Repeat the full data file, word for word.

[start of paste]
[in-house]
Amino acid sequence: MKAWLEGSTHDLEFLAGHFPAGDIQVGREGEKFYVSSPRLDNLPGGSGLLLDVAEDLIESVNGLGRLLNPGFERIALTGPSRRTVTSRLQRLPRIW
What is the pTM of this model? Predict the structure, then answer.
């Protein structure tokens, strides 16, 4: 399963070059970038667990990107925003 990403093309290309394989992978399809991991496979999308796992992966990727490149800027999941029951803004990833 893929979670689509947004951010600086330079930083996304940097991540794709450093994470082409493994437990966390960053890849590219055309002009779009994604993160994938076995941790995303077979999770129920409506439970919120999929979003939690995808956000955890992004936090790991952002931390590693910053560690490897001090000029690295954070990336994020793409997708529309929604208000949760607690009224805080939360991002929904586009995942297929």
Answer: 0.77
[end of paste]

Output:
[in-house]
Amino acid sequence: MKAWLEGSTHDLEFLAGHFPAGDIQVGREGEKFYVSSPRLDNLPGGSGLLLDVAEDLIESVNGLGRLLNPGFERIALTGPSRRTVTSRLQRLPRIW
What is the pTM of this model? Predict the structure, then answer.
């Protein structure tokens, strides 16, 4: 399963070059970038667990990107925003 990403093309290309394989992978399809991991496979999308796992992966990727490149800027999941029951803004990833 893929979670689509947004951010600086330079930083996304940097991540794709450093994470082409493994437990966390960053890849590219055309002009779009994604993160994938076995941790995303077979999770129920409506439970919120999929979003939690995808956000955890992004936090790991952002931390590693910053560690490897001090000029690295954070990336994020793409997708529309929604208000949760607690009224805080939360991002929904586009995942297929």
Answer: 0.77